BEYOND THE HEADLINES: No free ride for refugees

It’s unfortunate that refugees have become a lightning rod again at Vernon city hall.

On Monday, Coun. Scott Anderson went head-to-head with his colleagues over providing free swim and transit passes to a refugee family brought here by a church.

“Refugees are sponsored by organizations,” said Coun. Scott Anderson, who raised similar concerns last year.

“Why are we as a city putting money into folks who are sponsored when others don’t have this support?”

Now Anderson is correct that refugees are sponsored by churches, individuals or non-profit groups, but they are responsible for rent, food and all other living expenses, particularly if federal funding is not available. These groups raise this money and it’s extremely limited given housing costs.

Anderson also makes the argument that refugees are getting something that others can’t.

“Refugees are not handicapped or mentally challenged. They have supports that others do not,” he said.

However, the reality is that the city, with taxpayers’ money, has a long history of helping those who have financial resources, albeit limited.

In the last three years, United Way has received 2,000 transit tickets annually which are distributed to residents in need, particularly in emergency situations, while the Vernon School District and the city fund a program so developmentally challenged students receive transit travel training.

In terms of recreation, people with a permanent disability can receive a 25 per cent discount for select programs at the Vernon Recreation Complex, while there is a 25 per cent discount for residents 65 and older to purchase a swim, fitness gym or skating pass. And for people receiving financial assistance from the provincial or federal governments, they may receive a 75 per cent discount on select programs such as public swimming, the weight room and Aquafit classes.

In 2014, the discount for recreation was expanded for children and youth with disabilities.

“This recreation discount pass is changing lives and we are very thankful to have this program in our community,” said Annette Sharkey, with the Social Planning Council, at that time.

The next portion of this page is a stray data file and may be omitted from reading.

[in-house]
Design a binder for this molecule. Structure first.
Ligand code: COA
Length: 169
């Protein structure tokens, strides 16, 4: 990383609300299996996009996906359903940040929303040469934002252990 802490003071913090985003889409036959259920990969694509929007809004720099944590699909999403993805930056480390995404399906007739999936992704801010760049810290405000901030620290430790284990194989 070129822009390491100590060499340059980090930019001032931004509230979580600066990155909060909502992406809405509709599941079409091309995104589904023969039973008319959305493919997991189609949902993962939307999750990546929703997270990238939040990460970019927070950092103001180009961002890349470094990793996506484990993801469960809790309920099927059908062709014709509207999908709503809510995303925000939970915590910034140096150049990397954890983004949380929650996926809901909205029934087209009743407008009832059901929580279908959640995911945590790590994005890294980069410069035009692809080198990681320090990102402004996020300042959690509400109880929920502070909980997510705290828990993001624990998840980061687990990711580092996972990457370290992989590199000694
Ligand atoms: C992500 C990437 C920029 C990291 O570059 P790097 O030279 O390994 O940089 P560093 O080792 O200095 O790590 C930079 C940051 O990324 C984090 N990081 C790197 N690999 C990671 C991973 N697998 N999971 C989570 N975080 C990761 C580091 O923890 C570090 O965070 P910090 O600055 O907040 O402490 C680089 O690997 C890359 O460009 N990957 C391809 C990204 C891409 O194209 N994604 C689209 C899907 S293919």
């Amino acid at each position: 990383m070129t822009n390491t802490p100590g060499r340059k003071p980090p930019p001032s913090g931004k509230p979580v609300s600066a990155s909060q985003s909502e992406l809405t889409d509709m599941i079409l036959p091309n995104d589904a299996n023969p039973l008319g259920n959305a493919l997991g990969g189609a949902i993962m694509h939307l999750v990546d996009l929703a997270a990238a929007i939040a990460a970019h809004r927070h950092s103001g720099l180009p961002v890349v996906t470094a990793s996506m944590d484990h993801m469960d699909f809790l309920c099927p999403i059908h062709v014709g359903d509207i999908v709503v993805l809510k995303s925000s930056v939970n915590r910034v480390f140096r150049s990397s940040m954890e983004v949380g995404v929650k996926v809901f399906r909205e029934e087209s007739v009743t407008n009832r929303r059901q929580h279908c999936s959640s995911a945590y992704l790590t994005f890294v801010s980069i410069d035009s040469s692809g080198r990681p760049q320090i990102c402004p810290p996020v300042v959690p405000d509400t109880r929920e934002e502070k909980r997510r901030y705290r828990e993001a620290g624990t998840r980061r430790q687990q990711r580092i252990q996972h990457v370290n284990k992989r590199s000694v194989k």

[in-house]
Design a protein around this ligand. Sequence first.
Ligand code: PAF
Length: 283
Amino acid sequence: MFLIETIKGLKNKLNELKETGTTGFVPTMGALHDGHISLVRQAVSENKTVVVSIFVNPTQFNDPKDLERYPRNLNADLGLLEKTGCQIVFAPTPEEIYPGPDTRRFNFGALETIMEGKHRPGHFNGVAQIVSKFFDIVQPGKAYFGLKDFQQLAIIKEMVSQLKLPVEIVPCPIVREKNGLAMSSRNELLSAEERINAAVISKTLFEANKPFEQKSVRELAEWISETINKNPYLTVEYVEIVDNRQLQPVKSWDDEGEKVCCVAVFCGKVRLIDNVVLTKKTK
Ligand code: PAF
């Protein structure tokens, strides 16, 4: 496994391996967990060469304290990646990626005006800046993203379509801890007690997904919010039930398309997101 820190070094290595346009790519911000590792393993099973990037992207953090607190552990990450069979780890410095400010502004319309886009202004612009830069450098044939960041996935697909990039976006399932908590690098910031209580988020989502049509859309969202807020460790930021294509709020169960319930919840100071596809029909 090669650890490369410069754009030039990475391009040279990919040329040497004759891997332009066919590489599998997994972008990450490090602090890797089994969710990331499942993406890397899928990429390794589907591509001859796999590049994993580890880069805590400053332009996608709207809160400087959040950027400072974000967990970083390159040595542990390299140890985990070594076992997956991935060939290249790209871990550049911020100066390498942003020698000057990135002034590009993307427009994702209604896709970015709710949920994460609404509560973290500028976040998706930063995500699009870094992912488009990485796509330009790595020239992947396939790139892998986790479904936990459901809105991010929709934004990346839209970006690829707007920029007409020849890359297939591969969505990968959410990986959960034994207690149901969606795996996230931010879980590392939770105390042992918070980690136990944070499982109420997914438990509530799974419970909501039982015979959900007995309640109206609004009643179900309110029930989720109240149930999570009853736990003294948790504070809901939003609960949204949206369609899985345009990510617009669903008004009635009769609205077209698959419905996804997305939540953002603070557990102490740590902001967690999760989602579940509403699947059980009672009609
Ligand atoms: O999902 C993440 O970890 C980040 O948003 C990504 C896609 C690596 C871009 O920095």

And that’s also the goal for the refugees, who if you get past that label, are actually our new neighbours.

No matter the country of origin, they were forced out of their homes by violence and, in many cases, they spent years living in camps in extremely challenging conditions. Many Canadians express concerns about the refugees’ ability to integrate into our society because of cultural and linguistic differences but one way of resolving that is exposing them to the community at large. Transit allows them to explore their new home while accessing English classes and ultimately going out to find a job.

Subsidies for accessibility programs are firmly entrenched in the city budget and are available to eligible residents annually, whereas those for refugees are one-time for a year (in the case of the family approved Monday, it’s only for the remainder of 2017 or $400).

Yes there is a price to be paid for helping refugees, but one thing is clear, they aren’t jumping the queue or getting any special favours at the expense of those in need.

Just Posted

Outbreak at Okanagan hospital

Gastrointestinal illness reported at Vernon Jubilee Hospital

Secondary school ranks first in national competition

A local high school’s work in post-secondary preparedness has garnered national recognition

Dedicated volunteers look for clues

Police appreciate work of those who provide extra eyes for missing women investigations.

Dueck answers Hall’s call

Vernon’s Josh Dueck elected to the B.C. Sports Hall of Fame

Big Band supports children with disabilities in Lake Country

Proceeds from the Okanagan Big Band performance in Vernon supports local kids

Christmas spirit rounded up at Ranch

O’Keefe Ranch celebrates the season with Victorian Christmas

Choir presents a cozy collection of Christmas tunes

Tapestry Women’s Choir and Fireflies Children’s Choir take the Armstrong Bible Chapel stage Dec. 16

Horgan says pot smokers may face same outdoor rules as cigarette smokers

B.C. is developing its rules on recreational marijuana

Truck driver volunteers to take dog lost in B.C. back home to Alberta

Frankie, a pit bull service dog, was found wandering in the Lower Mainland

Vernon Off Road Motorcycle Club looks back at 2017 season

Half Throttle, Great Trails, highlight 2017 season

B.C. teacher suspended after explicit images projected to class

Jeffrey Rohin Muthanna had been viewing porn on a school laptop for two years

Worship night celebrates with Christmas concert

Hear The Music is back with a Christmas concert Dec. 17 at the Vernon Performing Arts Centre

Armstrong purse project puts women first

When money is tight, even the essentials can become luxury items

Man who pledged to give B.C. hockey team millions charged with fraud

Mike Gould has since repaid $8,000 he allegedly owed Cranbrook restaurant, owner says

Most Read